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‘For the Love of Vermont’, the Lyman Orton Collection opens in Bennington and Manchester

The show goes beyond pretty scenery. There are paintings of Vermonters making a living farming, logging, and sugaring, bidding for lots at country auctions, and getting together at county fairs and family restaurants.

Bennington/Manchester— As floods ravaged much of Vermont in July, anxious callers from out of state were getting in touch with their Vermont friends and relations to find out how things were in their neighborhoods. In most of Bennington County, we could say, “Plenty wet, all right, but no flooding” (the exception was a low-lying area on the Batten Kill in Manchester). The comment sections of articles on the floods in the New York Times were filled with expressions of sympathy for the people of the state, and commenters recalled their wonderful experiences here. It was clear to us who live here that there’s a lot of love for Vermont out there.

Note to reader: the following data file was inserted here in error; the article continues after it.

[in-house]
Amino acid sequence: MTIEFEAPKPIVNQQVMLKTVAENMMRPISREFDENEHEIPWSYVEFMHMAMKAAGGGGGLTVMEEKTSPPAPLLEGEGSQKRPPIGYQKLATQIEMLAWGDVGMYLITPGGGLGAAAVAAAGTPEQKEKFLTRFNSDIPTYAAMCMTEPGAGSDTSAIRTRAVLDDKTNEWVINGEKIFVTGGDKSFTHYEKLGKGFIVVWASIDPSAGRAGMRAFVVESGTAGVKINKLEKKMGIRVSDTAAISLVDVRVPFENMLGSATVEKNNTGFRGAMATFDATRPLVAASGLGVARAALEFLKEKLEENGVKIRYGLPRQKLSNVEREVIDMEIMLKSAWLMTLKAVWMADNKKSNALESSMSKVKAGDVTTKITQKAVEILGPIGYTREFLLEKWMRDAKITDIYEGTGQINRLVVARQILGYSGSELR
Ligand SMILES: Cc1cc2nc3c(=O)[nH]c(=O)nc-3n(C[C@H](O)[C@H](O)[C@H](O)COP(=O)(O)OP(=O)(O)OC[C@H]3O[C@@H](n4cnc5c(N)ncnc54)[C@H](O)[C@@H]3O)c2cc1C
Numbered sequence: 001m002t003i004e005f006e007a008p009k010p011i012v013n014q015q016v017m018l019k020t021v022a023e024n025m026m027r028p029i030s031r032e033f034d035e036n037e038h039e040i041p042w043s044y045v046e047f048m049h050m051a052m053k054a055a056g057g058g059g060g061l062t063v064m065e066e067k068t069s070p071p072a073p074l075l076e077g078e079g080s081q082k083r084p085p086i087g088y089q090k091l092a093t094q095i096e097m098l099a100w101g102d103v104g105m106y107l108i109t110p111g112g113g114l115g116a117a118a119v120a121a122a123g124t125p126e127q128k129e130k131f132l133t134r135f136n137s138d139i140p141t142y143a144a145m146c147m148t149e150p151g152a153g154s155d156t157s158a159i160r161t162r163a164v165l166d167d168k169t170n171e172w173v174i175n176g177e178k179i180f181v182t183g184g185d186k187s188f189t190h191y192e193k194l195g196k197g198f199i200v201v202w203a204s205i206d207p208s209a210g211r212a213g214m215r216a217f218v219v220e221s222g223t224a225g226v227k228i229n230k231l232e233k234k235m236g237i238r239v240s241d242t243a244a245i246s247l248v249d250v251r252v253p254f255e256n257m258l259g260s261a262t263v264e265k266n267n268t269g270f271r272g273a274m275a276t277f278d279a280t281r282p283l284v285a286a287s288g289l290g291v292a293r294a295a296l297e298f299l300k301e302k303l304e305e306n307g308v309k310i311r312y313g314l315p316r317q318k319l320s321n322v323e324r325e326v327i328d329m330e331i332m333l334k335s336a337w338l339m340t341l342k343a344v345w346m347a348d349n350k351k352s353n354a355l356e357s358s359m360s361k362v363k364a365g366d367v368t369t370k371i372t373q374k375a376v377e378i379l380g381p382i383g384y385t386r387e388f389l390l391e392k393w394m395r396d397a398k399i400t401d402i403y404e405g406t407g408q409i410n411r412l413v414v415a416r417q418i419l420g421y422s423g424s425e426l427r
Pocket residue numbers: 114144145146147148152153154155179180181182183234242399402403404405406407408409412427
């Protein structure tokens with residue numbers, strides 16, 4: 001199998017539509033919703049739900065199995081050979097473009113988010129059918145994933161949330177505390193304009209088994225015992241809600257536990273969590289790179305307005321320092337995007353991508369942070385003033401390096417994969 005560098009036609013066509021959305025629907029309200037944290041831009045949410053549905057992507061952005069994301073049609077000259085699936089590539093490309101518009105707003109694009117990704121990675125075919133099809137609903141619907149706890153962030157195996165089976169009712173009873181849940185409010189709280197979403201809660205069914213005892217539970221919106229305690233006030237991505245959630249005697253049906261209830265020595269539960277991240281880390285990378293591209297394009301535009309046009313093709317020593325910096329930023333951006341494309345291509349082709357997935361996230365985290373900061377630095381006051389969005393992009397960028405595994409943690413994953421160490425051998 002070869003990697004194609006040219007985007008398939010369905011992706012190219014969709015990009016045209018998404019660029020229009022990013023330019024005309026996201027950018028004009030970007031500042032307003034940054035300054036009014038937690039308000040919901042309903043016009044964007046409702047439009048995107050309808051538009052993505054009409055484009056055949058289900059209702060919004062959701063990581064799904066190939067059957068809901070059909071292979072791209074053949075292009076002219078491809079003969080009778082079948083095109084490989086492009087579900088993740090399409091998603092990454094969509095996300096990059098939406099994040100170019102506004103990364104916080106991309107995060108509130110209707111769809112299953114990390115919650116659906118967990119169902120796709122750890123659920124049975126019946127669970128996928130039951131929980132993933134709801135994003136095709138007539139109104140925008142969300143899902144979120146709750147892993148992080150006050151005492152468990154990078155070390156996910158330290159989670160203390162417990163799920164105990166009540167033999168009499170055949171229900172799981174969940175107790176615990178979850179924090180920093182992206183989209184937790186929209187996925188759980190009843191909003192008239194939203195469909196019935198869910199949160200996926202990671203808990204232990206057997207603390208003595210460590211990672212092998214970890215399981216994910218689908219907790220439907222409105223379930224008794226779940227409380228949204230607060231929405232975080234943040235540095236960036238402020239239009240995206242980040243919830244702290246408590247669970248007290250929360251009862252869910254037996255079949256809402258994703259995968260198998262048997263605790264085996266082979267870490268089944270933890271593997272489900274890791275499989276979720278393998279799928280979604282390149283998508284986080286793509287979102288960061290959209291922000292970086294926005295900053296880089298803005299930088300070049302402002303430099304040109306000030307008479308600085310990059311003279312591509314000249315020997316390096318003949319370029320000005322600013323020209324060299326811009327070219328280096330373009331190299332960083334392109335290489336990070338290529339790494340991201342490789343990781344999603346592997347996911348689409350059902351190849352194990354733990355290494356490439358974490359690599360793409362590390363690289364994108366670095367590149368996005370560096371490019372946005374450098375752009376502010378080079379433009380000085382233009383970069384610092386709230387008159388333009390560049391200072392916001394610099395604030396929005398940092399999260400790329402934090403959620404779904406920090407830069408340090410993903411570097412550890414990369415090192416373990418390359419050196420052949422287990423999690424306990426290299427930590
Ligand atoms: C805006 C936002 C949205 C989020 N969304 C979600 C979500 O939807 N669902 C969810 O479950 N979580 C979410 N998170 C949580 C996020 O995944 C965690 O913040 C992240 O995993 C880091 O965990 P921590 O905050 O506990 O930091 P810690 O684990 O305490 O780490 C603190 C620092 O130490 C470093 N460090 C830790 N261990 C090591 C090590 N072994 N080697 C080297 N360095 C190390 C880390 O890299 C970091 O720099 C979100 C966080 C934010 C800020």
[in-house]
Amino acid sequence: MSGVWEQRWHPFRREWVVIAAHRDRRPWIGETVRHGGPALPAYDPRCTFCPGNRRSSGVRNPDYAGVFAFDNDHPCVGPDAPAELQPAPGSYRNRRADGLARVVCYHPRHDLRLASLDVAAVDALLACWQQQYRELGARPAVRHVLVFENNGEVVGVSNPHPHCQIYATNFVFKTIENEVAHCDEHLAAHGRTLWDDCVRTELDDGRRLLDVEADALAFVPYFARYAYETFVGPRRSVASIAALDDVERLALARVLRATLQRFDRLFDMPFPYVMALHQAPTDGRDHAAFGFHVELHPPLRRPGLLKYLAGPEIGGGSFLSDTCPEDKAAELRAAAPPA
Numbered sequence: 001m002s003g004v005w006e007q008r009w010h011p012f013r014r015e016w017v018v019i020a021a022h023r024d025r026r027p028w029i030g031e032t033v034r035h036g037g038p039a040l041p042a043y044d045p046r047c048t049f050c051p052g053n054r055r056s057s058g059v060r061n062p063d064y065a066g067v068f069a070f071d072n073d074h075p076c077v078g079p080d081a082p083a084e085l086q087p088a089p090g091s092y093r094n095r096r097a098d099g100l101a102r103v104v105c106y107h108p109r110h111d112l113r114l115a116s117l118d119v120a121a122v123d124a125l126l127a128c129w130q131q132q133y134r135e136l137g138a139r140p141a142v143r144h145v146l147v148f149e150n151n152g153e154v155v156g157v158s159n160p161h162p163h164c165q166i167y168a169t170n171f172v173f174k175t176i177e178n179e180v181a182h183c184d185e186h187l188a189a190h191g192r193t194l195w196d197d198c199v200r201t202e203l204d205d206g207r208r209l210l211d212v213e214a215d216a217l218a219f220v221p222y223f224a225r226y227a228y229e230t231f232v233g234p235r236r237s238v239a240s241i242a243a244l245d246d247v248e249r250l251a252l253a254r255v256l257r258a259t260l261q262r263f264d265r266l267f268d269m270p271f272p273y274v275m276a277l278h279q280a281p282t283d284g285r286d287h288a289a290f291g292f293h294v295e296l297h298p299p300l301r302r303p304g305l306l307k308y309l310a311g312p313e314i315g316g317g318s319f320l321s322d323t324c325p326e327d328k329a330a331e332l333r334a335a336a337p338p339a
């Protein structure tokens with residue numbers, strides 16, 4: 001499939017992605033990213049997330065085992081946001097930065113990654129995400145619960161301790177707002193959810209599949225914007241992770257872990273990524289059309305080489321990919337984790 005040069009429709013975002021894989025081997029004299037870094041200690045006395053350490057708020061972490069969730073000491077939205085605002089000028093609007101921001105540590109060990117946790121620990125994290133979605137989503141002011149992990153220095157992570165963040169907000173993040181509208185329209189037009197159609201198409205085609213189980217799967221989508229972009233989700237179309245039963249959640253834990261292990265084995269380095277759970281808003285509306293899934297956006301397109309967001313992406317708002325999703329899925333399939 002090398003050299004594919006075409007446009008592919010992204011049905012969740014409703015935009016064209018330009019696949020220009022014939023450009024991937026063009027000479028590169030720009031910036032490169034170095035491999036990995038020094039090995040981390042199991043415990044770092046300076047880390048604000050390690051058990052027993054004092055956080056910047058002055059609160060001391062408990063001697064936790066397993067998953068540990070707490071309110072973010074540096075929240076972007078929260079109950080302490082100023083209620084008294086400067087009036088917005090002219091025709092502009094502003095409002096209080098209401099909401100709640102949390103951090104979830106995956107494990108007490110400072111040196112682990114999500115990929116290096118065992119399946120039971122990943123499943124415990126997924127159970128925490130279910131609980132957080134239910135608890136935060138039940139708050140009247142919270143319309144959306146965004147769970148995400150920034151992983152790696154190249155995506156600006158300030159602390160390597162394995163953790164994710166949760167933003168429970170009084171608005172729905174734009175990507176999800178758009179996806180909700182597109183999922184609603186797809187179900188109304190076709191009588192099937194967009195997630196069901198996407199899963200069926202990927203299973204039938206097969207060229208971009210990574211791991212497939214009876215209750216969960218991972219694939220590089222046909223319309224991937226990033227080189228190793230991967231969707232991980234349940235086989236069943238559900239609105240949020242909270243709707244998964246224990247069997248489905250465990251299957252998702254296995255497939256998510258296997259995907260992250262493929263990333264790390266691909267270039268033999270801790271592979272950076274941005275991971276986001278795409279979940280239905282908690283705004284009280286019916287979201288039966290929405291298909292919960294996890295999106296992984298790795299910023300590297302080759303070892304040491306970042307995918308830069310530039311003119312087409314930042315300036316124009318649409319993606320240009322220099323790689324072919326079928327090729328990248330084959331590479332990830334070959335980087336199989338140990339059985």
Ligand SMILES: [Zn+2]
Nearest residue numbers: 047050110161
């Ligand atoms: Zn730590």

For anyone with feelings for the Green Mountain State, there is now “For the Love of Vermont,” a major exhibition of paintings from the Lyman Orton Collection on view in two places: the Bennington Museum in Bennington (54 paintings), and the Southern Vermont Arts Center in Manchester (180 paintings). The subject of all of the paintings in the two shows is Vermont, especially as depicted by the artists who came to southwestern Vermont to paint in the 1920s through the 60s and mounted annual exhibitions of their work in Manchester. Lyman Orton, proprietor with his three sons of the Vermont Country Store in Weston, has been collecting these and other paintings of Vermont scenes for the past forty years, often “re-patriating” the art to the state that inspired it. Works by living artists enliven both shows.